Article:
Consumer Reports say they found arsenic and lead in apple and grape juices they tested from samples collected on the East Coast. About ten percent of their apple juice samples contained arsenic at levels above federal drinking-water standards for arsenic. One out of four of their juice samples contained lead at a level higher than the FDA’s bottled water limit. They also said they analyzed public health data from 2003 through 2008, and found grape and apple juice are a significant source of arsenic.
The main form of arsenic they found in their juice samples from five brands was inorganic. This form is a health hazard when ingested or absorbed through the skin. According to the EPA,
“For ingestion and dermal (skin) routes of exposure, adverse effects are most often manifested in skin (skin discoloration and lesions) and in the gastrointestinal tract (nausea, diarrhea, and abdominal pain) (1). Ingestion exposure has also been linked to cancer of the skin, bladder, liver, and lung (1). Inhalation exposure has been linked to increased incidence of irritation of mucous membranes and lung cancer (1). Inorganic arsenic is classified as a known human carcinogen (cancer-causing agent) by the U.S. ATSDR (1), U.S. EPA.”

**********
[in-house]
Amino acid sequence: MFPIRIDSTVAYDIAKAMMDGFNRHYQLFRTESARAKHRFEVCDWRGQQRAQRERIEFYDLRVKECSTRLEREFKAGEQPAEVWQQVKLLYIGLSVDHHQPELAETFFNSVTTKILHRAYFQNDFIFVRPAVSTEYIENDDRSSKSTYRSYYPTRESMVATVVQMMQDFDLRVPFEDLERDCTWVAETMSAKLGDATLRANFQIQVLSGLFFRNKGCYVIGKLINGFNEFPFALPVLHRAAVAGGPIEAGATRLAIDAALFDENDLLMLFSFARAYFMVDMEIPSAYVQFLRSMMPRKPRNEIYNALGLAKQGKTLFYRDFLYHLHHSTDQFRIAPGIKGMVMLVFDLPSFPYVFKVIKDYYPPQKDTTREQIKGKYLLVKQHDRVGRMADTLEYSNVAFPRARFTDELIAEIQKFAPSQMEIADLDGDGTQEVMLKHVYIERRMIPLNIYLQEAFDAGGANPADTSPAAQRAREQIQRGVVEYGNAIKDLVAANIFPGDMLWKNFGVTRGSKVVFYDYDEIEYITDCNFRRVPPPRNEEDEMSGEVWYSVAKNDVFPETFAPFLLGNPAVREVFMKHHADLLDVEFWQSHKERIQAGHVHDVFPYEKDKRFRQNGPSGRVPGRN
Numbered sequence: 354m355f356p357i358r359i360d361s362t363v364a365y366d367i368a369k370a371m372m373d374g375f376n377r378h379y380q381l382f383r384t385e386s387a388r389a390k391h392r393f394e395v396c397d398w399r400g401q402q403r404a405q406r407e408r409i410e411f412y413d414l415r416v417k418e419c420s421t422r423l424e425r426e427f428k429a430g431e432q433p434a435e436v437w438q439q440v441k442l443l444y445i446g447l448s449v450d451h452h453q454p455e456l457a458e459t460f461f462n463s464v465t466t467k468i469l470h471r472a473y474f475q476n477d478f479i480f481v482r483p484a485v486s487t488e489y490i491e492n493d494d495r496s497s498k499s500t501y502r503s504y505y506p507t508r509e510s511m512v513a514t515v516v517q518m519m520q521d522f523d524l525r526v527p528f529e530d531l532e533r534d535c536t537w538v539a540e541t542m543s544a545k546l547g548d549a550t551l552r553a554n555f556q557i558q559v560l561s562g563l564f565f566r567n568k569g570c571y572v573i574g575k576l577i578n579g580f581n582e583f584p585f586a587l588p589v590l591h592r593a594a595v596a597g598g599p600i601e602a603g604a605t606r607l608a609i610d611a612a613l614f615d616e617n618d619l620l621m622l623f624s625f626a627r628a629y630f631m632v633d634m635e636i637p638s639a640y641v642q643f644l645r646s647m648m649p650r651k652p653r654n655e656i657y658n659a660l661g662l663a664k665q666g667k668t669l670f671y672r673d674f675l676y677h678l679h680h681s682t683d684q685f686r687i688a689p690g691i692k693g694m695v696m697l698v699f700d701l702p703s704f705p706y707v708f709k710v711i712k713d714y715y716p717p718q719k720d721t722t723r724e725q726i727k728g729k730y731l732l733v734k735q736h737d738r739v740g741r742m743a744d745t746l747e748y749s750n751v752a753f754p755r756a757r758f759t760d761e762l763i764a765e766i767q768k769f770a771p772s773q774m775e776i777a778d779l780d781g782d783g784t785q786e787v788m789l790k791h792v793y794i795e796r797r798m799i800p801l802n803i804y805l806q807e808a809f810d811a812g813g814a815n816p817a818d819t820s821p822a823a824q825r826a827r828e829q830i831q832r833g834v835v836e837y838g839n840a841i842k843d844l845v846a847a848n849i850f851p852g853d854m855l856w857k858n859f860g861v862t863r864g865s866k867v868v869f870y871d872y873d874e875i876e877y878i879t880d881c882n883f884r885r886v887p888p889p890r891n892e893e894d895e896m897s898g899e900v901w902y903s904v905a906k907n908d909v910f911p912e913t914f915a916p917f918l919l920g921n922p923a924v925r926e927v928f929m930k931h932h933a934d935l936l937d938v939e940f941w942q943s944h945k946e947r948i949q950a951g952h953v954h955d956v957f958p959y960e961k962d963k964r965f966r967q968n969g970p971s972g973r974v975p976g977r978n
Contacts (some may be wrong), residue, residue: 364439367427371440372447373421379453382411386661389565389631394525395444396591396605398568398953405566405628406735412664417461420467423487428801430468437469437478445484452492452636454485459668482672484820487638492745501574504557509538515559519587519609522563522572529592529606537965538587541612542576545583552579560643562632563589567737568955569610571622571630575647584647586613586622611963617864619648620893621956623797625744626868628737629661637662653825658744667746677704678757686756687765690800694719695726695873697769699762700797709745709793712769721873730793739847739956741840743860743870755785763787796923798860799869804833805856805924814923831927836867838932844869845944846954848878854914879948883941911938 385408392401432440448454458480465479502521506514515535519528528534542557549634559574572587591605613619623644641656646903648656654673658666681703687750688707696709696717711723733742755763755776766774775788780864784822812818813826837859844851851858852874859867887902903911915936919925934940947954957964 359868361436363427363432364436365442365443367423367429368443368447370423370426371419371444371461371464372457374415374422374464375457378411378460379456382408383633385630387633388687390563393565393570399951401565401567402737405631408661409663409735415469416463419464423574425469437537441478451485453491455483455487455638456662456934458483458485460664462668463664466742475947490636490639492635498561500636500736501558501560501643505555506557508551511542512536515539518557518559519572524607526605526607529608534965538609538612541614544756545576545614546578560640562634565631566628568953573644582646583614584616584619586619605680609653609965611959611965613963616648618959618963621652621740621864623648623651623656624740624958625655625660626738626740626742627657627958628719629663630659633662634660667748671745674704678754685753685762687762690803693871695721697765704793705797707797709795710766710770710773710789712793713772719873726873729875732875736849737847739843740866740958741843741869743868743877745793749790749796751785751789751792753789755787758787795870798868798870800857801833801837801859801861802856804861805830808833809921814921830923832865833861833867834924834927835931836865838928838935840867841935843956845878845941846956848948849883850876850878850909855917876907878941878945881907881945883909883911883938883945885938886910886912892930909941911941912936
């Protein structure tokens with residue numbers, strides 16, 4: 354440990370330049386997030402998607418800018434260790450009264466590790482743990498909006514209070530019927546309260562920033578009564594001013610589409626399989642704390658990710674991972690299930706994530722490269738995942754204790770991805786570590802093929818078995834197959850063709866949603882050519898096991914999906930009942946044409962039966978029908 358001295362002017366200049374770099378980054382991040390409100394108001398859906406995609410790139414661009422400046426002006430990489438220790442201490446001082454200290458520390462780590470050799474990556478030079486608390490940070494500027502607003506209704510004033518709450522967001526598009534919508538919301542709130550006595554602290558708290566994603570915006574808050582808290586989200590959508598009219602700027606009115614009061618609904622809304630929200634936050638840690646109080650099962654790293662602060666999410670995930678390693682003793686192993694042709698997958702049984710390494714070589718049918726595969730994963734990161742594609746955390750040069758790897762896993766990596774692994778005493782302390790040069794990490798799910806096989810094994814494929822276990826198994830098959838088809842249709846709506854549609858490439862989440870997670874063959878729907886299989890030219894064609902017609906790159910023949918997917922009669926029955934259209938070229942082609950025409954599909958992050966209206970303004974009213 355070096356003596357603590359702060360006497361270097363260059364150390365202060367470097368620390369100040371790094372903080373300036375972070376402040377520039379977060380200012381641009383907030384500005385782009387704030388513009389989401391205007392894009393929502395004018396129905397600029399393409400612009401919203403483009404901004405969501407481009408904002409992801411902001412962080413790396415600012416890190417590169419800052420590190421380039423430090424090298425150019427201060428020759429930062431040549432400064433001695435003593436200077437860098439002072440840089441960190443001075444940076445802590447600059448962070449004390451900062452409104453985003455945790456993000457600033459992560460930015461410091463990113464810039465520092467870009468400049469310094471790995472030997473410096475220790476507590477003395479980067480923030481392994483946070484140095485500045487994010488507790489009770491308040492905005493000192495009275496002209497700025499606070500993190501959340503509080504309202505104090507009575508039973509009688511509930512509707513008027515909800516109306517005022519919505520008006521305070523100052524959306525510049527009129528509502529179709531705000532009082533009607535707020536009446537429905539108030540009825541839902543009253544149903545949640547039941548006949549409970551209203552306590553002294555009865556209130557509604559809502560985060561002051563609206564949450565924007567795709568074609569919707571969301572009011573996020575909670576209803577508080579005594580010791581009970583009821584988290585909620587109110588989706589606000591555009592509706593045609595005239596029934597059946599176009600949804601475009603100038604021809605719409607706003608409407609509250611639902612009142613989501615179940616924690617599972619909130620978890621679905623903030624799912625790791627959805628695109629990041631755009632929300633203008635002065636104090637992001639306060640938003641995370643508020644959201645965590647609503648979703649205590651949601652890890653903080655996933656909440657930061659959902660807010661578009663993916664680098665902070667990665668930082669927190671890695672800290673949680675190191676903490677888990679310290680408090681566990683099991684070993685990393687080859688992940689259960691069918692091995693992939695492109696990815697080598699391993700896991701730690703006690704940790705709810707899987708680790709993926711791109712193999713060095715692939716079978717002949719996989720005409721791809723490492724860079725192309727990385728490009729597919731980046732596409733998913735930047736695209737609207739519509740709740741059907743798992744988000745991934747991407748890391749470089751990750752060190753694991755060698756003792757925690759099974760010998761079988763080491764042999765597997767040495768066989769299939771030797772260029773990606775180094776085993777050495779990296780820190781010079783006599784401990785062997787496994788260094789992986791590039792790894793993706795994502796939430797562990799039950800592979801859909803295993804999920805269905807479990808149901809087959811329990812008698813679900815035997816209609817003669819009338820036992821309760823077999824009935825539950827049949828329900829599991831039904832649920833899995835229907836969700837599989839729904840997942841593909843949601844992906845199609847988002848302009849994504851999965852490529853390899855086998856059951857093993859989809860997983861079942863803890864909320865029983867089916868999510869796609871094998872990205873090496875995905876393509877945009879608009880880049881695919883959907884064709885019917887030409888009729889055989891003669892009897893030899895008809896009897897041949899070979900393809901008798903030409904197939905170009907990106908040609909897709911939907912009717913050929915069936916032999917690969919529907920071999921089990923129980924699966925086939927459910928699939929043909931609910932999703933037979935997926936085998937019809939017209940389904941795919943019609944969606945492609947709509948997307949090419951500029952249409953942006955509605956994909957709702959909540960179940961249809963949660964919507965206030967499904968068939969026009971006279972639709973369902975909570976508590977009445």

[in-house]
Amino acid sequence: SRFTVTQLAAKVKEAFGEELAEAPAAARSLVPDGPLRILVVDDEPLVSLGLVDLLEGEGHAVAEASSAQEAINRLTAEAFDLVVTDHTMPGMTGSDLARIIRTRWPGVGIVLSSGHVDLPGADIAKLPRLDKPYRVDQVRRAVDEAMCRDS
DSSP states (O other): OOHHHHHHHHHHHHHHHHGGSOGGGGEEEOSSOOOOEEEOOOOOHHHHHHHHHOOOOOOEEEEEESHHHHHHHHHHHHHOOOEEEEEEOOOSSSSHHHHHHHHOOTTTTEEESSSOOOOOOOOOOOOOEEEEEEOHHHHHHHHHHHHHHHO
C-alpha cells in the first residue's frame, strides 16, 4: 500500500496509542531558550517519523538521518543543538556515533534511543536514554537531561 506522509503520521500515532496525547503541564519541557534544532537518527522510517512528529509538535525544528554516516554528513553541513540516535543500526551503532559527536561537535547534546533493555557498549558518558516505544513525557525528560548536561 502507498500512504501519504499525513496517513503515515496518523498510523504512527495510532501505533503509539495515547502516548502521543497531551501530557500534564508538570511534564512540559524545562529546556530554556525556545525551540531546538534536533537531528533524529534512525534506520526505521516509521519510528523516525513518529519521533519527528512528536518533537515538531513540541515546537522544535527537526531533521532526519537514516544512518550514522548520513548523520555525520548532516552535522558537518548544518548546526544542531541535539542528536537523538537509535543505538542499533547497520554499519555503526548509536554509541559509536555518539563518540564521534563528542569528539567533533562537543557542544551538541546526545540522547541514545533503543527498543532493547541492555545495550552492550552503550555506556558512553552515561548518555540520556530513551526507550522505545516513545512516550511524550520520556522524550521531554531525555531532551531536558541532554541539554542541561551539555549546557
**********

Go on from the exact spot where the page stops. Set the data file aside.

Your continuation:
Consumer Reports also noted children drink large quantities of juice, so they might be more susceptible to health conditions related to inorganic arsenic and lead exposure. Lead exposure can interfere with a child’s development. According to the American Academy of Child and Adolescent Psychiatry, “Even when exposed to small amounts of lead levels, children may appear inattentive, hyperactive and irritable. Children with greater lead levels may also have problems with learning and reading, delayed growth and hearing loss. At high levels, lead can cause permanent brain damage and even death.”
One possible source of arsenic in apple juice is lead-arsenate insecticides, which were used long ago and are thought to have remained in soil used for growing apple trees, to this day. Also, a very large amount of apple concentrate is imported from China, and the same kind of pesticides could be used on apple tree growing soil there.
The study focused on samples collected in Connecticut, New Jersey, and New York in August and September. It appears they sampled well-known juice brands that are not organic, so drinking organic apple and grape juice, not made from concentrate imported from China might be safer, though one might want to carefully research where organic juices are sourced from as well.
Image Credit: Dmitry Kichenko